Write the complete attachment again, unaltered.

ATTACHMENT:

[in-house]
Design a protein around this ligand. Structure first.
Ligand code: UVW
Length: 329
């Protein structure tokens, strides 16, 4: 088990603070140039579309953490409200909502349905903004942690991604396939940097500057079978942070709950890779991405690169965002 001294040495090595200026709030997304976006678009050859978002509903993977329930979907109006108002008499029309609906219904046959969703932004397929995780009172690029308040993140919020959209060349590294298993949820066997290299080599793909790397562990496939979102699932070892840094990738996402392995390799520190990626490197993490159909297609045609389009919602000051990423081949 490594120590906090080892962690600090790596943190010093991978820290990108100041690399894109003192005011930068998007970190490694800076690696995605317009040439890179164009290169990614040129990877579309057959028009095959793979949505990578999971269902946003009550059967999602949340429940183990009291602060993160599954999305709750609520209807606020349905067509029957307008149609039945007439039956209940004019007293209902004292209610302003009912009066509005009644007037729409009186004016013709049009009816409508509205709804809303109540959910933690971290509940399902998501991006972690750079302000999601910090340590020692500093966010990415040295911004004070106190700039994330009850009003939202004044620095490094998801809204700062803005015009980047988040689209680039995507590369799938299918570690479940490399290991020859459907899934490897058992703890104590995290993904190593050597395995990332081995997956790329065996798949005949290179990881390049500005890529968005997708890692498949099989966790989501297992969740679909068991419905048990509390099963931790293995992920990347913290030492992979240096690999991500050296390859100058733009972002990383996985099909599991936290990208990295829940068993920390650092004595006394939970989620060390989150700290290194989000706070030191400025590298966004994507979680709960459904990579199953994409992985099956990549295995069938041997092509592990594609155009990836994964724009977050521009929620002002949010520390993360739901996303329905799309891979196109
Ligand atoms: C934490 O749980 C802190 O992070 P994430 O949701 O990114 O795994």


[in-house]
Design a protein around this ligand. Structure first.
Ligand code: UVW
Length: 329
């Protein structure tokens, strides 16, 4: 088990603070140039579309953490409200909502349905903004942690991604396939940097500057079978942070709950890779991405690169965002 001294040495090595200026709030997304976006678009050859978002509903993977329930979907109006108002008499029309609906219904046959969703932004397929995780009172690029308040993140919020959209060349590294298993949820066997290299080599793909790397562990496939979102699932070892840094990738996402392995390799520190990626490197993490159909297609045609389009919602000051990423081949 490594120590906090080892962690600090790596943190010093991978820290990108100041690399894109003192005011930068998007970190490694800076690696995605317009040439890179164009290169990614040129990877579309057959028009095959793979949505990578999971269902946003009550059967999602949340429940183990009291602060993160599954999305709750609520209807606020349905067509029957307008149609039945007439039956209940004019007293209902004292209610302003009912009066509005009644007037729409009186004016013709049009009816409508509205709804809303109540959910933690971290509940399902998501991006972690750079302000999601910090340590020692500093966010990415040295911004004070106190700039994330009850009003939202004044620095490094998801809204700062803005015009980047988040689209680039995507590369799938299918570690479940490399290991020859459907899934490897058992703890104590995290993904190593050597395995990332081995997956790329065996798949005949290179990881390049500005890529968005997708890692498949099989966790989501297992969740679909068991419905048990509390099963931790293995992920990347913290030492992979240096690999991500050296390859100058733009972002990383996985099909599991936290990208990295829940068993920390650092004595006394939970989620060390989150700290290194989000706070030191400025590298966004994507979680709960459904990579199953994409992985099956990549295995069938041997092509592990594609155009990836994964724009977050521009929620002002949010520390993360739901996303329905799309891979196109
Ligand atoms: C934490 O749980 C802190 O992070 P994430 O949701 O990114 O795994």